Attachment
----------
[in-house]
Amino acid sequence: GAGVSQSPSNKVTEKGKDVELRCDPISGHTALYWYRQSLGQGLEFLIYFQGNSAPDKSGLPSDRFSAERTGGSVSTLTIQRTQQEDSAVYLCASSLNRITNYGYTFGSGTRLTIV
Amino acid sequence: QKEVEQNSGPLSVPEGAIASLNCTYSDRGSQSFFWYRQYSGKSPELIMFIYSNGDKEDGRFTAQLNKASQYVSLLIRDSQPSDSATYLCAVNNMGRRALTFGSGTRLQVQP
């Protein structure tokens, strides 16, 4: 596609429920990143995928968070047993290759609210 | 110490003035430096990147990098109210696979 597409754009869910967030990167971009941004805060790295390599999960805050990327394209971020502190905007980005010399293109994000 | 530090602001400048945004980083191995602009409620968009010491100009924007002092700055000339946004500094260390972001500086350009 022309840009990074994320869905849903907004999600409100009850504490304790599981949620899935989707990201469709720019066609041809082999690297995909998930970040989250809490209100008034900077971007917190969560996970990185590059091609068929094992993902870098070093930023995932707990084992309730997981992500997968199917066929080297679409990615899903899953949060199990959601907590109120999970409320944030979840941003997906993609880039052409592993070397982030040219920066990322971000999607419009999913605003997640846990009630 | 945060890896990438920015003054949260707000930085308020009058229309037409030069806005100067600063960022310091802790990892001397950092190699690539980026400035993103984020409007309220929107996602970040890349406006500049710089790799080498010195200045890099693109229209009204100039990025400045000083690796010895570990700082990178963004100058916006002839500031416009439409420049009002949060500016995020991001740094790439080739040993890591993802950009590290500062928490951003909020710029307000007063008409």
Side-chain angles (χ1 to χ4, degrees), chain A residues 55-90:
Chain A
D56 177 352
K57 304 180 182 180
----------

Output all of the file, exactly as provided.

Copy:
[in-house]
Amino acid sequence: GAGVSQSPSNKVTEKGKDVELRCDPISGHTALYWYRQSLGQGLEFLIYFQGNSAPDKSGLPSDRFSAERTGGSVSTLTIQRTQQEDSAVYLCASSLNRITNYGYTFGSGTRLTIV
Amino acid sequence: QKEVEQNSGPLSVPEGAIASLNCTYSDRGSQSFFWYRQYSGKSPELIMFIYSNGDKEDGRFTAQLNKASQYVSLLIRDSQPSDSATYLCAVNNMGRRALTFGSGTRLQVQP
């Protein structure tokens, strides 16, 4: 596609429920990143995928968070047993290759609210 | 110490003035430096990147990098109210696979 597409754009869910967030990167971009941004805060790295390599999960805050990327394209971020502190905007980005010399293109994000 | 530090602001400048945004980083191995602009409620968009010491100009924007002092700055000339946004500094260390972001500086350009 022309840009990074994320869905849903907004999600409100009850504490304790599981949620899935989707990201469709720019066609041809082999690297995909998930970040989250809490209100008034900077971007917190969560996970990185590059091609068929094992993902870098070093930023995932707990084992309730997981992500997968199917066929080297679409990615899903899953949060199990959601907590109120999970409320944030979840941003997906993609880039052409592993070397982030040219920066990322971000999607419009999913605003997640846990009630 | 945060890896990438920015003054949260707000930085308020009058229309037409030069806005100067600063960022310091802790990892001397950092190699690539980026400035993103984020409007309220929107996602970040890349406006500049710089790799080498010195200045890099693109229209009204100039990025400045000083690796010895570990700082990178963004100058916006002839500031416009439409420049009002949060500016995020991001740094790439080739040993890591993802950009590290500062928490951003909020710029307000007063008409």
Side-chain angles (χ1 to χ4, degrees), chain A residues 55-90:
Chain A
D56 177 352
K57 304 180 182 180